Remember the "Russian" guy when he was told that one of the women closed both her two positions, his initial comment was "maybe she's just re-thinking her positions?" The manager, having the advantage of watching and talking to them mentioned that she only closed because she was scarred to have any position whatsoever (which with the emotion shown later was probably true.)

I agree that often, its better to be not in a market at all but only if the reason behind why you're not involved is a good one. Generally, a frightened mental state is probably not a good reason!

I must also agree with the two guys running the operation, that the general level of focus probably wasnt high enough. Im all for office banter/inter-action but if I had been trading in that room (on any kind of market, betting exchange or otherwise) I would have been disrupted to some extent.

Cassini said...

Some good points. When I talk about having an edge, I guess I mean 'what do I know that the market doesn't'. Anyone can read news in the paper, but unless we see an angle that others are missing (unlikely in the shark infested waters of finance) it's not giving us an edge, and indeed, if we fail to appreciate that the news is already factored into the price, it can hurt us.

As for the focus, well Simon (the Croydon fool) clearly hasn't got it. He's eating his breakfast when the market opens and he has an open position! For crying out loud! Anyway, thanks for stopping by, good luck.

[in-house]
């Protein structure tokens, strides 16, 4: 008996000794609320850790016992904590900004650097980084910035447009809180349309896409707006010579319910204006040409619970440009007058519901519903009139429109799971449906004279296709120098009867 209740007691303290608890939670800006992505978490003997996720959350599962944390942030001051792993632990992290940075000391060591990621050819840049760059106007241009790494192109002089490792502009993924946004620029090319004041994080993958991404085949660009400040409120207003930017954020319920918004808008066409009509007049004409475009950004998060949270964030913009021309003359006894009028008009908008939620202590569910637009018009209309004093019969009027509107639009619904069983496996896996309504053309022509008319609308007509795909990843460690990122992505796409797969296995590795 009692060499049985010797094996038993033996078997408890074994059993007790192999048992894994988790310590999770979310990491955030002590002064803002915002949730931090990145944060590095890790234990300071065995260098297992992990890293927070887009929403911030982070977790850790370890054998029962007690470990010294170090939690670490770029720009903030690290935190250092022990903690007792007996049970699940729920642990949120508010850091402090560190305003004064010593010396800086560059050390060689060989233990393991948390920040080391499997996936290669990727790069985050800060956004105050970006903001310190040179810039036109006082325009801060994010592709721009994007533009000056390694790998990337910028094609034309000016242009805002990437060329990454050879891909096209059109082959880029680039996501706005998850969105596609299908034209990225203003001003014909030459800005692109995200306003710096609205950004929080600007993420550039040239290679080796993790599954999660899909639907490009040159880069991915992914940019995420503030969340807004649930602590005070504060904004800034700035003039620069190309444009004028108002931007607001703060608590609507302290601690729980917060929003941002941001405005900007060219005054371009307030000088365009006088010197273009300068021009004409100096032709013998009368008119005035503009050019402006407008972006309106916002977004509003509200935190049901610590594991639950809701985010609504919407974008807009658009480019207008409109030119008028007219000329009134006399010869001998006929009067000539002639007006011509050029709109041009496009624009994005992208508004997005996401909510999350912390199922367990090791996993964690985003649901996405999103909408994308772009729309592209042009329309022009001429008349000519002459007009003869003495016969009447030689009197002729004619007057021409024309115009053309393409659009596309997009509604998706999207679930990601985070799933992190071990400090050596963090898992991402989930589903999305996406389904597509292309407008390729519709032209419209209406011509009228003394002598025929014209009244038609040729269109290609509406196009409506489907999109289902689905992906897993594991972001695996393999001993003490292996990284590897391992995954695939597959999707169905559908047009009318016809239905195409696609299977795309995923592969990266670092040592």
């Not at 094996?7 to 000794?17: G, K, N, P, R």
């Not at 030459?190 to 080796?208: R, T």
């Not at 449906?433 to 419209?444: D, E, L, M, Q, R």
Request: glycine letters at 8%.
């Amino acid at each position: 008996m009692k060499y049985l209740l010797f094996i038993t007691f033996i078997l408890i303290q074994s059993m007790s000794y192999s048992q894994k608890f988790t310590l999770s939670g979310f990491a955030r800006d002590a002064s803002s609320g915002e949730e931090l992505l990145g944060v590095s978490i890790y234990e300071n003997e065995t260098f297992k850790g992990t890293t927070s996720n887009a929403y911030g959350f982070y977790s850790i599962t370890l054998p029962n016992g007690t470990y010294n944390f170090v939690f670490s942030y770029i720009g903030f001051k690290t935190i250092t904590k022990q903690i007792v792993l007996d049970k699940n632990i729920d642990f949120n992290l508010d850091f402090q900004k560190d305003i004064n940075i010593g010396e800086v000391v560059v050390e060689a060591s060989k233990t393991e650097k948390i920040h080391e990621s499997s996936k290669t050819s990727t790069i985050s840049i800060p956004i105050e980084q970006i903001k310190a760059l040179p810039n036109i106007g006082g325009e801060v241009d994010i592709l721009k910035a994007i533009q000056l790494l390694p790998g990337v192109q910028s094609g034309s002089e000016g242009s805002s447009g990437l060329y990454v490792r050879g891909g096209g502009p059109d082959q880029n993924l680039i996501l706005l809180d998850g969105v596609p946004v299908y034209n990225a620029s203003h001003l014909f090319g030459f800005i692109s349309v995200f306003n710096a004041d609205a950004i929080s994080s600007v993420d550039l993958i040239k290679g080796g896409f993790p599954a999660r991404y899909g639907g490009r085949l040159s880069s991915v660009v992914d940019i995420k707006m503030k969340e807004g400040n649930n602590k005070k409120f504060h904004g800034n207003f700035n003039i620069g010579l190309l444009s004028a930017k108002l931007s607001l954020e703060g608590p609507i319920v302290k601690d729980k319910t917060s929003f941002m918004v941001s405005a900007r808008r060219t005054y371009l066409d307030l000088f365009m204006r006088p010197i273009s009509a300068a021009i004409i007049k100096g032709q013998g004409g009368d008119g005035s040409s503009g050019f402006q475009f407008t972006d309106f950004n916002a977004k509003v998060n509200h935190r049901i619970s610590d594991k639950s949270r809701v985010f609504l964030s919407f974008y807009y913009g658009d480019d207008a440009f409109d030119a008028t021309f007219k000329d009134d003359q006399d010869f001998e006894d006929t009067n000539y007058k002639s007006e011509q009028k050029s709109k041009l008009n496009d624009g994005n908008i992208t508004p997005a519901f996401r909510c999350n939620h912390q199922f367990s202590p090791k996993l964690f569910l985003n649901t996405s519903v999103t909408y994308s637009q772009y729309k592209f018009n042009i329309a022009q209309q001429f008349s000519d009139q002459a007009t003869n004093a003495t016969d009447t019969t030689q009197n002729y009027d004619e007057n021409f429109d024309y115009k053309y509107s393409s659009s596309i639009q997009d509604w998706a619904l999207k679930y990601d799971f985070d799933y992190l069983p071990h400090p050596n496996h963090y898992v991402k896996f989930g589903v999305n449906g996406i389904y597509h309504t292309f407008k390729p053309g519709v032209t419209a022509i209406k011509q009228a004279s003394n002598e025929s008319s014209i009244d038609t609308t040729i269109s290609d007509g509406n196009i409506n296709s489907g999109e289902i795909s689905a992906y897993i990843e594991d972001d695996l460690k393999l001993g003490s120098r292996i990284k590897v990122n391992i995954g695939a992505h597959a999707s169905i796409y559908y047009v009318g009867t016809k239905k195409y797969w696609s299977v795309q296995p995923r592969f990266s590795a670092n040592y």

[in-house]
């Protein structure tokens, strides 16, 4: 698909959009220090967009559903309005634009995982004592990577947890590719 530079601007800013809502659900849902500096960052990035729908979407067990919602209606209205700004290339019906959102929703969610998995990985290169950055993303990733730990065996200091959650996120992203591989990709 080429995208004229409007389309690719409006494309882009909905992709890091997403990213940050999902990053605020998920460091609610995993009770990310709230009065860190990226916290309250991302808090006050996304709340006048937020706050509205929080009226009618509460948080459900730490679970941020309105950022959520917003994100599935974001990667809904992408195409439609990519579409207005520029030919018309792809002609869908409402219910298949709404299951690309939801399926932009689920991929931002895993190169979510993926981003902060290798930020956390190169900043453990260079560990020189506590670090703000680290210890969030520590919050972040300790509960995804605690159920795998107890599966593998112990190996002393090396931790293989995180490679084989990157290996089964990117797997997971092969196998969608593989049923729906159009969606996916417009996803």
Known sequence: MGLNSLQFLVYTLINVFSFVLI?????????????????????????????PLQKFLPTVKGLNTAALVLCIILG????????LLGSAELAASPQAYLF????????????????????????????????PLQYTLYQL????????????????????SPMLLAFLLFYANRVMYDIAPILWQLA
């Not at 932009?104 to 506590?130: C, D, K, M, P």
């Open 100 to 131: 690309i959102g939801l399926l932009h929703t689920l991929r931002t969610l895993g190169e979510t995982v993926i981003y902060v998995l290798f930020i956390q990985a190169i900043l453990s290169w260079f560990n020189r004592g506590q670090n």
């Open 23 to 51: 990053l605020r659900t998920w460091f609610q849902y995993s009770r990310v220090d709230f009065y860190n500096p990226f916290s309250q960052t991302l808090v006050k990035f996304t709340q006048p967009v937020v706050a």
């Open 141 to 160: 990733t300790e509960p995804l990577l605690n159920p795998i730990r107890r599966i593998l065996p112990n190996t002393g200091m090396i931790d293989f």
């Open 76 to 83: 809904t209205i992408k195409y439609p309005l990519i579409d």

Anonymous said...

No worries mate. You're definitely on to something regarding the edge. However, the religious reading of newspapers I wouldnt consider a waste of time, Id consider it as part of the background research to build up your "feel" that you can apply to markets forever forwards. No immediate edge can be gained, Id agree but as long as you're aware of that as a trader and not believing its a holy grail answer, I still consider it worthwhile as a better, all-round knowledge of the World must go at least some way to better understanding it and interpreting it.

Im also of the view that to profit from trading, it has more to do with the person within then any edge over external participants, at least in the long term. Get the Worlds best two traders together and force them to have opposite positions on the same stock/selection each time, Id still bet that both would make profits in the long run. The managing and reacting being the qualities that set them apart from "joe average."

You ever done any real financial trading Cassini as I must admit, I havent.


Cassini said...

JPG - for a while when I was working in the City for a trading firm (as a computer geek, not a trader) and had more money than sense (late 80s) I got sucked into it and traded in Futures (pork bellies, orange juice, Candian dollar etc.) and options but after initially doubling my bank in short order, I then proceeded to lose 3/4 of it before realising that I was competing with people who did this full-time and that as a part-timer, I was never going to win the game. I was always going to be the last to hear any information affecting these markets. Nowadays my financial investments are for the long-term.